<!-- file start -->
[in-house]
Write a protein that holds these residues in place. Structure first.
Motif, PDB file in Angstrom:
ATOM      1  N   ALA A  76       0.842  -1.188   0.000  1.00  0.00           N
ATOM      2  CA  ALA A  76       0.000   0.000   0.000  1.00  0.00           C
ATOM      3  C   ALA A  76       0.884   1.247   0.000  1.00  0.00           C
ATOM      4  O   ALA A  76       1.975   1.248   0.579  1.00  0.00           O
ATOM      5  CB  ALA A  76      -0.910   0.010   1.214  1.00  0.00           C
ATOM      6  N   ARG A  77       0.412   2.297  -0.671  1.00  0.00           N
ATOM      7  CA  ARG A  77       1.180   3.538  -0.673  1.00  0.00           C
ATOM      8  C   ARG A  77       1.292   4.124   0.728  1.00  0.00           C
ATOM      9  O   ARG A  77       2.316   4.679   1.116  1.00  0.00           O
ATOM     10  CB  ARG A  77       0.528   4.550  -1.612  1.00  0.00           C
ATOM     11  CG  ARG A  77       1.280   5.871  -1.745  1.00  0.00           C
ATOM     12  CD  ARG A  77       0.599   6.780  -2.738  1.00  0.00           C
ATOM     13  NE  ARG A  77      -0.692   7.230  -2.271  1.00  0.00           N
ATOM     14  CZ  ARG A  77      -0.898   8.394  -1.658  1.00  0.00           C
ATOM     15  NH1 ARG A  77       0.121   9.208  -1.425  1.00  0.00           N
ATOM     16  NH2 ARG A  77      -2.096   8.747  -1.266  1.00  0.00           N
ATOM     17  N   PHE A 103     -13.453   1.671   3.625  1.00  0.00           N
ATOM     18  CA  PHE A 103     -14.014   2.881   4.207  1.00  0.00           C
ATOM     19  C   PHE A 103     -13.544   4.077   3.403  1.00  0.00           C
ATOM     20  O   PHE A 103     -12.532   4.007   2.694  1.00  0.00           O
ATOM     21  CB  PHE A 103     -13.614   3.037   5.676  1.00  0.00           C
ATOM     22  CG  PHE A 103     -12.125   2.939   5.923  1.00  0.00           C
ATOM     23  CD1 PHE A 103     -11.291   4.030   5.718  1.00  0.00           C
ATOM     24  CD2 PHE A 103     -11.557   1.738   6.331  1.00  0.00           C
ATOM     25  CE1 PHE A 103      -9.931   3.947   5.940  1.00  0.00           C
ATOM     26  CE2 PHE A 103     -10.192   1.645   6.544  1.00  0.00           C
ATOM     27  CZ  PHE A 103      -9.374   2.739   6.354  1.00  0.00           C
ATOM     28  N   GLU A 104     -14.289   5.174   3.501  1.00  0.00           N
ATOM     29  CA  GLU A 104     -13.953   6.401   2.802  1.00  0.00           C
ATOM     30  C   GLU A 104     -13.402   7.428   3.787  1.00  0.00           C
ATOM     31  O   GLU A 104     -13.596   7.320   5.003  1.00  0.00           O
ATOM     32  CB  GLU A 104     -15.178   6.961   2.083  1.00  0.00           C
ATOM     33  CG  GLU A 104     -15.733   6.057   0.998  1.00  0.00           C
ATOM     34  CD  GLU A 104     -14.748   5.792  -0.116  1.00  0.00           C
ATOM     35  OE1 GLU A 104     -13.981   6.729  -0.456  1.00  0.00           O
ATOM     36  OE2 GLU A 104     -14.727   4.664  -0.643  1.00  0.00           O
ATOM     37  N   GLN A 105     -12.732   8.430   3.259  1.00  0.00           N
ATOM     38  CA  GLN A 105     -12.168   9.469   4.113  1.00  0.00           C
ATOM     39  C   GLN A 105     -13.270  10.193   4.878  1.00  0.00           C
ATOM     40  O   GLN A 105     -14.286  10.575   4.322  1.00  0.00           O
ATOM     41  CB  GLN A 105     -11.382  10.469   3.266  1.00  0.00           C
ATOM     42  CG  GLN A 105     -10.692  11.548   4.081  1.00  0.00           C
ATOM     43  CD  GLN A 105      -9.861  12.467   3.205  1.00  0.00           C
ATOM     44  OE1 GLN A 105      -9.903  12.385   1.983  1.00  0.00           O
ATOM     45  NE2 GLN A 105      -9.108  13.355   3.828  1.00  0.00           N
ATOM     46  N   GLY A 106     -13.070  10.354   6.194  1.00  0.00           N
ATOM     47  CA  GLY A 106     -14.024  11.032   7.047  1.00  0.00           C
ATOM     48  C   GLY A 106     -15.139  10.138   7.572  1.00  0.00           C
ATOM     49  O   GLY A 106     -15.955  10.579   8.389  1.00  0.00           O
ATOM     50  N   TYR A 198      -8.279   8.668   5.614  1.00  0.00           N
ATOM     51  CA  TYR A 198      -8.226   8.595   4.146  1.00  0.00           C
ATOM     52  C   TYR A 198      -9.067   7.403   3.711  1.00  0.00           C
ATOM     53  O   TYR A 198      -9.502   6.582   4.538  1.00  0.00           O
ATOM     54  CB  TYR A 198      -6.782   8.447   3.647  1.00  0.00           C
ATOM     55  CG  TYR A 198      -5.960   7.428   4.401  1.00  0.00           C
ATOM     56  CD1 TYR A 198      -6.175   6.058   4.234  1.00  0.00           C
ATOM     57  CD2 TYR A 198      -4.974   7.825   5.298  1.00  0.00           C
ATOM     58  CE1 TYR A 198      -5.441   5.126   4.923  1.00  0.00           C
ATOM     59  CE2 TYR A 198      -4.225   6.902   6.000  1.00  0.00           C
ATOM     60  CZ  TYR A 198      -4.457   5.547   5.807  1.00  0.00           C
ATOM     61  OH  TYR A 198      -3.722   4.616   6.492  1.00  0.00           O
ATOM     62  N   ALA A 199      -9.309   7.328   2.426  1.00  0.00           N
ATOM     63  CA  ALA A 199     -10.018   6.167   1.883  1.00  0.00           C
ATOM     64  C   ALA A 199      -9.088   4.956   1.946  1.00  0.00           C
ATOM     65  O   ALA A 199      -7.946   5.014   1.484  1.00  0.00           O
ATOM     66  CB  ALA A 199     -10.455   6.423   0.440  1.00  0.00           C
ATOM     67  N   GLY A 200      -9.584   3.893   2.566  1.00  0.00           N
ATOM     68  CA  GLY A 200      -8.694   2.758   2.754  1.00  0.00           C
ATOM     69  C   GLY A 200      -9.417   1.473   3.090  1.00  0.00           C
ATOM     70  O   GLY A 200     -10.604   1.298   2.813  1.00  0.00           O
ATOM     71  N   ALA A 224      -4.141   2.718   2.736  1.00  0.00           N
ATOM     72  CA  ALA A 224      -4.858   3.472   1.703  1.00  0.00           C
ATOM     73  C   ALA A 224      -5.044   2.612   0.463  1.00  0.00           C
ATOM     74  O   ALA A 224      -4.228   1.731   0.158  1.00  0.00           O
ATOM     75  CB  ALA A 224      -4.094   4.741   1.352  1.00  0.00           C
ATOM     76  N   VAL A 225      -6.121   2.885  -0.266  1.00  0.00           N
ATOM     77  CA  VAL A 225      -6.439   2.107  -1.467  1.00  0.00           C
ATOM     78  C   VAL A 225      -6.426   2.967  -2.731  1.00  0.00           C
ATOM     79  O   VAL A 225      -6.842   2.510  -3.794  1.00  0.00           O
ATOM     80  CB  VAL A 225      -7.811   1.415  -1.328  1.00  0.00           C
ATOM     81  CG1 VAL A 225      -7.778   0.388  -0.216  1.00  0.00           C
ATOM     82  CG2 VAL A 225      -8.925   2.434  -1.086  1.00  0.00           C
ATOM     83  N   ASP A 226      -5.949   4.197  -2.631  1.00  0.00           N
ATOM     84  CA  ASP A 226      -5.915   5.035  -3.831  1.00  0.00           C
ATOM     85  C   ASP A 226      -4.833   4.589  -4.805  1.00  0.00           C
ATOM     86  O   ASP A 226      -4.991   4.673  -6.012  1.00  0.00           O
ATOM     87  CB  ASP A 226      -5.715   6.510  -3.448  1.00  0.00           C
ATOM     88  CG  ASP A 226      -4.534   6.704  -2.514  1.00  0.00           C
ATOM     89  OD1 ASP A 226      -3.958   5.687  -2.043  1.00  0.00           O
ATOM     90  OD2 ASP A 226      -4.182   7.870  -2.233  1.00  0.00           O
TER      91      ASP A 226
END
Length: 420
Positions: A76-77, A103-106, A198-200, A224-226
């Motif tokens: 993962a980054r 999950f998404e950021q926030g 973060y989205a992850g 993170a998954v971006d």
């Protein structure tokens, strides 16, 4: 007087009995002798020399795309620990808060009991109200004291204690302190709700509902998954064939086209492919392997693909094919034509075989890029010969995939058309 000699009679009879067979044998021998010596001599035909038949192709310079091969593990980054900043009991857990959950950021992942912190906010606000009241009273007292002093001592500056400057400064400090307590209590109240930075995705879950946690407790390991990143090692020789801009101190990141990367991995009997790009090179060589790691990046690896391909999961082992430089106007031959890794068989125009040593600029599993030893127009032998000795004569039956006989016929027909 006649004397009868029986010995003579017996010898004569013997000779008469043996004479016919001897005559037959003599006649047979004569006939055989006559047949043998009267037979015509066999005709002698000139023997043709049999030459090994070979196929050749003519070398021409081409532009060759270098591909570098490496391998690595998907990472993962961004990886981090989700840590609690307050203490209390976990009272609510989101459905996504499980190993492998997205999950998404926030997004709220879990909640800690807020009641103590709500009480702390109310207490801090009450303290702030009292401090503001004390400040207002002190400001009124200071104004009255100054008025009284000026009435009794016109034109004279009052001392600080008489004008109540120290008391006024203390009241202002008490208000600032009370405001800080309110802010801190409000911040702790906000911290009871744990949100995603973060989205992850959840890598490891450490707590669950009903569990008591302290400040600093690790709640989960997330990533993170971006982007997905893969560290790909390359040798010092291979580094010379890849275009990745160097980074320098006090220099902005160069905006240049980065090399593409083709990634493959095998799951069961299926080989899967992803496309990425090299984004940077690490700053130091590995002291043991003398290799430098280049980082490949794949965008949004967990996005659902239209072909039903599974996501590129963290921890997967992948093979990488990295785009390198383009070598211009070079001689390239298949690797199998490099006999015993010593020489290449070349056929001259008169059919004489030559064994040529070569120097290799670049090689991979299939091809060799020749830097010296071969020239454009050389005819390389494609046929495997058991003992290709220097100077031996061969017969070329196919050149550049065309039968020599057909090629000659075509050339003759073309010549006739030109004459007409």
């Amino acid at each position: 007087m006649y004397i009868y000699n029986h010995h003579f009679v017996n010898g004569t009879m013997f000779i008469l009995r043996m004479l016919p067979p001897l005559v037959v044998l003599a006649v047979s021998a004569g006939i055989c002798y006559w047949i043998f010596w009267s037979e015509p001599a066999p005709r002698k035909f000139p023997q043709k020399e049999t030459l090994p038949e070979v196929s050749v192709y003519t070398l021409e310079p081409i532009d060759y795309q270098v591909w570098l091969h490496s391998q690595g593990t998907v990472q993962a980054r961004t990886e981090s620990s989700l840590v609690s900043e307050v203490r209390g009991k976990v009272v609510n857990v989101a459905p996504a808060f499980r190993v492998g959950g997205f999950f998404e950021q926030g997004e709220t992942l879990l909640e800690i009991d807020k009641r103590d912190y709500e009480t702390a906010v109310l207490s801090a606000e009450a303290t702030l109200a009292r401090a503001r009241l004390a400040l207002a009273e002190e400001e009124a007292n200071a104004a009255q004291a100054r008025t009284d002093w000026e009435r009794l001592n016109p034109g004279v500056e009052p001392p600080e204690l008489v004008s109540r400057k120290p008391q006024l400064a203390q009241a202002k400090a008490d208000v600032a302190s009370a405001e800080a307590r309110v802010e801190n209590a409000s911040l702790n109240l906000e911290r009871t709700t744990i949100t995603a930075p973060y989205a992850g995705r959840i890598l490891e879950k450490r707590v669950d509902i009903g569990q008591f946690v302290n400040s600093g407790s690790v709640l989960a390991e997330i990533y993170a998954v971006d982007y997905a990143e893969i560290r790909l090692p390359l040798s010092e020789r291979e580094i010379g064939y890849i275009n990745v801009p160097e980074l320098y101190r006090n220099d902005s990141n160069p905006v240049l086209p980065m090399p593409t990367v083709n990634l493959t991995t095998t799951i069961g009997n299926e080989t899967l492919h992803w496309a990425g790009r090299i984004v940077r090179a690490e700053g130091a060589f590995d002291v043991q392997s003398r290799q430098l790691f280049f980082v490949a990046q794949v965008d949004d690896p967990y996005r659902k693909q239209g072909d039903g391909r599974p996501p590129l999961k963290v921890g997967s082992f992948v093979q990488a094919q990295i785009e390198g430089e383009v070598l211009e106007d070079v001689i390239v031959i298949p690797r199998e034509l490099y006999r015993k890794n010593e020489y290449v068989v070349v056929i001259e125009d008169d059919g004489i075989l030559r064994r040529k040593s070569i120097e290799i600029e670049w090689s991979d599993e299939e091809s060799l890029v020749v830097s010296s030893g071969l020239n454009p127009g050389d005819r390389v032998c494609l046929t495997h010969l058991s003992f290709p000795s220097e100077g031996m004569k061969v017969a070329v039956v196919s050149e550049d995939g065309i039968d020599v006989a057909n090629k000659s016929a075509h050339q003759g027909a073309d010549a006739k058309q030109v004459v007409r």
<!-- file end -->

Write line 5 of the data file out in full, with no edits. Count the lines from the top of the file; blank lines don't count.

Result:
ATOM      2  CA  ALA A  76       0.000   0.000   0.000  1.00  0.00           C